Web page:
By Ronald Pies
Does this scenario sound familiar? The boss says you need to do a presentation in front of some high-powered executives. A week later, you're facing 25 cold, stony faces. You begin to sweat. Your throat tightens and you feel like you're choking. Your heart is doing a tap dance against your ribcage. You begin to feel dizzy and wonder if you're going to be able to stand up. Or how about this: Every time you go out to dinner with someone you're interested in, you freeze up with anxiety. You feel the sweat forming on your brow; your breathing becomes rapid and shallow. The words stick in your mouth, and you feel like a complete idiot. You are very sure the person you're with also thinks you are a complete idiot. As a result, you now keep to yourself, avoiding contact with anybody except business connections.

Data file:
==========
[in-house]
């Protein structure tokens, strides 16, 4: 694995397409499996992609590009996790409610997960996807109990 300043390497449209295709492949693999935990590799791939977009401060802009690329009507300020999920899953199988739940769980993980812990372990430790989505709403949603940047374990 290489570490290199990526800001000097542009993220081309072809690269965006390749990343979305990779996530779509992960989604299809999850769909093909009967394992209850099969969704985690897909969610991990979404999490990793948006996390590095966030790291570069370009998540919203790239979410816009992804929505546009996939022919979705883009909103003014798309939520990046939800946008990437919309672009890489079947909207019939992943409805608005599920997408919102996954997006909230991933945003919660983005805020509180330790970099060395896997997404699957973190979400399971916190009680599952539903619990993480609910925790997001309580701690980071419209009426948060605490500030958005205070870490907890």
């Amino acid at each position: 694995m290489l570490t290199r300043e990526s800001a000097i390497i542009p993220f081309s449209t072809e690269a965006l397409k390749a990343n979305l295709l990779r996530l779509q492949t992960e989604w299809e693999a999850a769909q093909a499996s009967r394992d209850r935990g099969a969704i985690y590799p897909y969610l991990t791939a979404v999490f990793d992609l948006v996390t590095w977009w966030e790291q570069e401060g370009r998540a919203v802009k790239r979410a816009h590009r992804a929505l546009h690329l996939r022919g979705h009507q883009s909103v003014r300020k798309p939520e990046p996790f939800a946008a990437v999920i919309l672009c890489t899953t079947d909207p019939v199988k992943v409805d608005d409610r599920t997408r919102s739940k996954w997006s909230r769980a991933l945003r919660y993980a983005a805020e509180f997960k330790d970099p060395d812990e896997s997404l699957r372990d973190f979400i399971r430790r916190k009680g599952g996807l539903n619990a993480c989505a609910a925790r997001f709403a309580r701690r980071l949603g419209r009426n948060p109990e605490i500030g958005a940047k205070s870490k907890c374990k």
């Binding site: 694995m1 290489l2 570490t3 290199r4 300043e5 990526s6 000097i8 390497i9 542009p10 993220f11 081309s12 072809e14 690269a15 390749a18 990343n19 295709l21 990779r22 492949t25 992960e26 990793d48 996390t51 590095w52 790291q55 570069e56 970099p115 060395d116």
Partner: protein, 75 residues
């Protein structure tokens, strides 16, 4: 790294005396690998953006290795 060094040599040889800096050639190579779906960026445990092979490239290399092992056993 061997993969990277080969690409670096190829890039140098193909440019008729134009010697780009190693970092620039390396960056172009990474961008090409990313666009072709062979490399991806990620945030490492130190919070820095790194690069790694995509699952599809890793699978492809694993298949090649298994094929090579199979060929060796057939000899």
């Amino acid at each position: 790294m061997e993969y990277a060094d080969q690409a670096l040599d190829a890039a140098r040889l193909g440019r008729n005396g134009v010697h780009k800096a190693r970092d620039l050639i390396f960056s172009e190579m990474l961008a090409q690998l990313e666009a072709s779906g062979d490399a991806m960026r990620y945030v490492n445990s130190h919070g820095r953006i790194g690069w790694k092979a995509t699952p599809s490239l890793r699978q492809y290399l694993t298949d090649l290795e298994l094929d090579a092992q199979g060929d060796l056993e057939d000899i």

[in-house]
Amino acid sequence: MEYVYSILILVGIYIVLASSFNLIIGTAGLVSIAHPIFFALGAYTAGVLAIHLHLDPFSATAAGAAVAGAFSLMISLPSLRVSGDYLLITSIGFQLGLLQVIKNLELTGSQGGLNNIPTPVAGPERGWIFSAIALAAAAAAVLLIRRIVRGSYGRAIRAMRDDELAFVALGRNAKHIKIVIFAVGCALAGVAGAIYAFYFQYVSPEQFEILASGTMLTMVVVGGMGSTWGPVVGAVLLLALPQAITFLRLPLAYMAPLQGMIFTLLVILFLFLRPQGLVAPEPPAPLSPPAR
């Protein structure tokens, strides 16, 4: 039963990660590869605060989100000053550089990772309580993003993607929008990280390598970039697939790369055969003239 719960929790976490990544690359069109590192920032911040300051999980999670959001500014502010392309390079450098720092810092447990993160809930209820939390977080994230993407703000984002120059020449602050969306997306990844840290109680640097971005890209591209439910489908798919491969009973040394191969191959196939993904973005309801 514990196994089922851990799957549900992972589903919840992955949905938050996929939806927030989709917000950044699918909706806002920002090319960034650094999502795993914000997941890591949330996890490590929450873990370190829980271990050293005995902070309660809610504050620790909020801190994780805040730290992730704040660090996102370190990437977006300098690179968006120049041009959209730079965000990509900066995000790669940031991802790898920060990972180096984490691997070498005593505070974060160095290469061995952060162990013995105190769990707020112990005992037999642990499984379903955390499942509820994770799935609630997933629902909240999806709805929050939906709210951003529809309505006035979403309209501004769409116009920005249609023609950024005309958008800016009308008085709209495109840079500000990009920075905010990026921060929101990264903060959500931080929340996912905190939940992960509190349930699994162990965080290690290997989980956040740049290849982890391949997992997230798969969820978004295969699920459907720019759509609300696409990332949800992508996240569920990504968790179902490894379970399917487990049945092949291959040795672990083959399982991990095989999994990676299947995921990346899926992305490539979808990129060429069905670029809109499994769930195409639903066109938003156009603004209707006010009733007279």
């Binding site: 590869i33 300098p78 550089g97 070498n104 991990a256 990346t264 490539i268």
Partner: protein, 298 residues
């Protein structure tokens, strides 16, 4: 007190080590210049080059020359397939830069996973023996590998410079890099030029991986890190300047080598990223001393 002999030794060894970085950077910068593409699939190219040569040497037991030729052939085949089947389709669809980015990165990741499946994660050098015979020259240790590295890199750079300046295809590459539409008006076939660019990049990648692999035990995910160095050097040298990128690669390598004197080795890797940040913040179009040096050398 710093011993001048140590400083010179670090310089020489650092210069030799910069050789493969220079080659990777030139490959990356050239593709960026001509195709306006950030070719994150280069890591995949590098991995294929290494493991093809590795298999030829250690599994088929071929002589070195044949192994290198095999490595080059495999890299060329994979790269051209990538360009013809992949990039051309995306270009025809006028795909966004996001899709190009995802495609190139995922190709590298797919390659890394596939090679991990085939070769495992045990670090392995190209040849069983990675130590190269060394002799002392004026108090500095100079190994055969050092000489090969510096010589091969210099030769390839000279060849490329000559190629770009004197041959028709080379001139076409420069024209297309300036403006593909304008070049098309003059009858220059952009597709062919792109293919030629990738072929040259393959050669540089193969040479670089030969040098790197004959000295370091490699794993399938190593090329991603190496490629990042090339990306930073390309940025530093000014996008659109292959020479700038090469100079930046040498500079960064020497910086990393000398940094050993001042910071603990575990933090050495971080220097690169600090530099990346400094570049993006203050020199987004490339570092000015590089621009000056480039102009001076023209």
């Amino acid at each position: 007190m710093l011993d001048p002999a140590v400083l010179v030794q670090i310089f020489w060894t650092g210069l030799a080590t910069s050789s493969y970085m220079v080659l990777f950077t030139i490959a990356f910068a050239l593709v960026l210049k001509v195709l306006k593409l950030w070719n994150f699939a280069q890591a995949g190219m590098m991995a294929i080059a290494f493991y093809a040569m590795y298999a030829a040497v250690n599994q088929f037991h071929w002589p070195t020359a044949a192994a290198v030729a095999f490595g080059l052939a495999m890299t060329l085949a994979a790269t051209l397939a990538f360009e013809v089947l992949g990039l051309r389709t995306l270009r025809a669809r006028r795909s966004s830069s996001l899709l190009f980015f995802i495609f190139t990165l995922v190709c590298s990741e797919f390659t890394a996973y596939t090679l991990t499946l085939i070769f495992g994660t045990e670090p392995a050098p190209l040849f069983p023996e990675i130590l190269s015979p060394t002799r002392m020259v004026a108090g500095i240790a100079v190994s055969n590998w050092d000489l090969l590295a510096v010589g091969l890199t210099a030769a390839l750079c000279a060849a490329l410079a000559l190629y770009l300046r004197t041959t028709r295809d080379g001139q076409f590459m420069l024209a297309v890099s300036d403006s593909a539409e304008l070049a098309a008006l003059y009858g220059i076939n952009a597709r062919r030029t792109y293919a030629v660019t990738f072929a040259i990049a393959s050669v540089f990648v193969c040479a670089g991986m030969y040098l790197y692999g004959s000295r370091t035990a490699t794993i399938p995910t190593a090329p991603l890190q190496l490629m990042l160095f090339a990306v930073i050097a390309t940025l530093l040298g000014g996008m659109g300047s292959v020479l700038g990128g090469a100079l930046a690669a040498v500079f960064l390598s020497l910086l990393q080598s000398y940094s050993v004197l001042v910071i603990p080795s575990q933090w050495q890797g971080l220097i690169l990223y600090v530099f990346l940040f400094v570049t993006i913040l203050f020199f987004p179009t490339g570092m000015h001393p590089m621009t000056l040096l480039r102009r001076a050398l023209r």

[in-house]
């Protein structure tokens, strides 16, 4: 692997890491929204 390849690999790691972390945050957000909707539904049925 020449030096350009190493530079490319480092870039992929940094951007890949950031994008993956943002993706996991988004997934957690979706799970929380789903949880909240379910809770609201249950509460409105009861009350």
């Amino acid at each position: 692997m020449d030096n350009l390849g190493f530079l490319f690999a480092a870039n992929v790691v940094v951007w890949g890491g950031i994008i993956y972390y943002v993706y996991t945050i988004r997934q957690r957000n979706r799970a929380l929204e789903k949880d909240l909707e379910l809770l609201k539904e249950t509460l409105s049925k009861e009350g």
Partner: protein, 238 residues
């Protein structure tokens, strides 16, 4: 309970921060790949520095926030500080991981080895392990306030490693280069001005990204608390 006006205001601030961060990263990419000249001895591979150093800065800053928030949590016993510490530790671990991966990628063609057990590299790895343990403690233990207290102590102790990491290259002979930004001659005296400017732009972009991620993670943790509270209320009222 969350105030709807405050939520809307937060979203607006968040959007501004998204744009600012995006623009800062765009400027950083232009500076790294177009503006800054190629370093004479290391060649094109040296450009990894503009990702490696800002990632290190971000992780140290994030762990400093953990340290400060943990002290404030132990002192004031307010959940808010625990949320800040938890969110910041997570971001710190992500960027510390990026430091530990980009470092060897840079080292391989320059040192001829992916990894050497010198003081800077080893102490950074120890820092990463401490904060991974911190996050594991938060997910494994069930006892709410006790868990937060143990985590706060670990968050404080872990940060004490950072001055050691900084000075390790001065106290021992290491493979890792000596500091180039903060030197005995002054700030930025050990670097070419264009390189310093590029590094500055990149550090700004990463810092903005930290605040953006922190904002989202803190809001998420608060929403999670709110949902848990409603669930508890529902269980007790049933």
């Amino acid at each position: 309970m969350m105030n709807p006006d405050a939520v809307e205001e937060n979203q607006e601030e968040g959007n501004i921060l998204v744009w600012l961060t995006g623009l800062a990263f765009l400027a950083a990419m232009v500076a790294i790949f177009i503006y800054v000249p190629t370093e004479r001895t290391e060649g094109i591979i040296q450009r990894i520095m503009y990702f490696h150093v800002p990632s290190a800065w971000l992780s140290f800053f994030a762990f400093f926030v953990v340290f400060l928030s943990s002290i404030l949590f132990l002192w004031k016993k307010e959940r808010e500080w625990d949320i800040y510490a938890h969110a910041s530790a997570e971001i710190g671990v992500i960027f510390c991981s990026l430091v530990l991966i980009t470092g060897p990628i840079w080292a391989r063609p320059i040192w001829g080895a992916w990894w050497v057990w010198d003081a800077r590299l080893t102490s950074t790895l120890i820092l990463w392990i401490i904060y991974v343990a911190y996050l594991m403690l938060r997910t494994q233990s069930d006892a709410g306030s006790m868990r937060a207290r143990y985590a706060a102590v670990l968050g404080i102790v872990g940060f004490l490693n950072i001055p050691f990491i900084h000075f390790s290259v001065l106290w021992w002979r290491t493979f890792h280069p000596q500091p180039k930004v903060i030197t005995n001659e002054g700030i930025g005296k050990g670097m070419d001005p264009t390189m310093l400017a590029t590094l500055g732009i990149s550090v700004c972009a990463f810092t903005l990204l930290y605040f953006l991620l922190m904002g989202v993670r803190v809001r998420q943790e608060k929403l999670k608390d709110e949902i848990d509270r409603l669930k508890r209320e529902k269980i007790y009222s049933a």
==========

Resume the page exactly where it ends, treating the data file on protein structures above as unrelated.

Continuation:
If these descriptions sound like you or someone you know, you may already know something about social-anxiety disorder, also called social phobia. This disorder is defined as the intense and persistent fear of being scrutinized, judged adversely or humiliated in social situations. When social-phobia sufferers find themselves in the feared situation, they often experience panic attacks. As much as 13 percent of the general public suffers from social phobia over the course of a lifetime, and many will suffer impairment in their educational, financial and vocational lives. Nearly one third of social-phobia sufferers wind up abusing alcohol, probably as "self-medication" for their anxiety. Some even consider suicide, especially if social phobia is accompanied (as it often is) by another psychiatric disorder.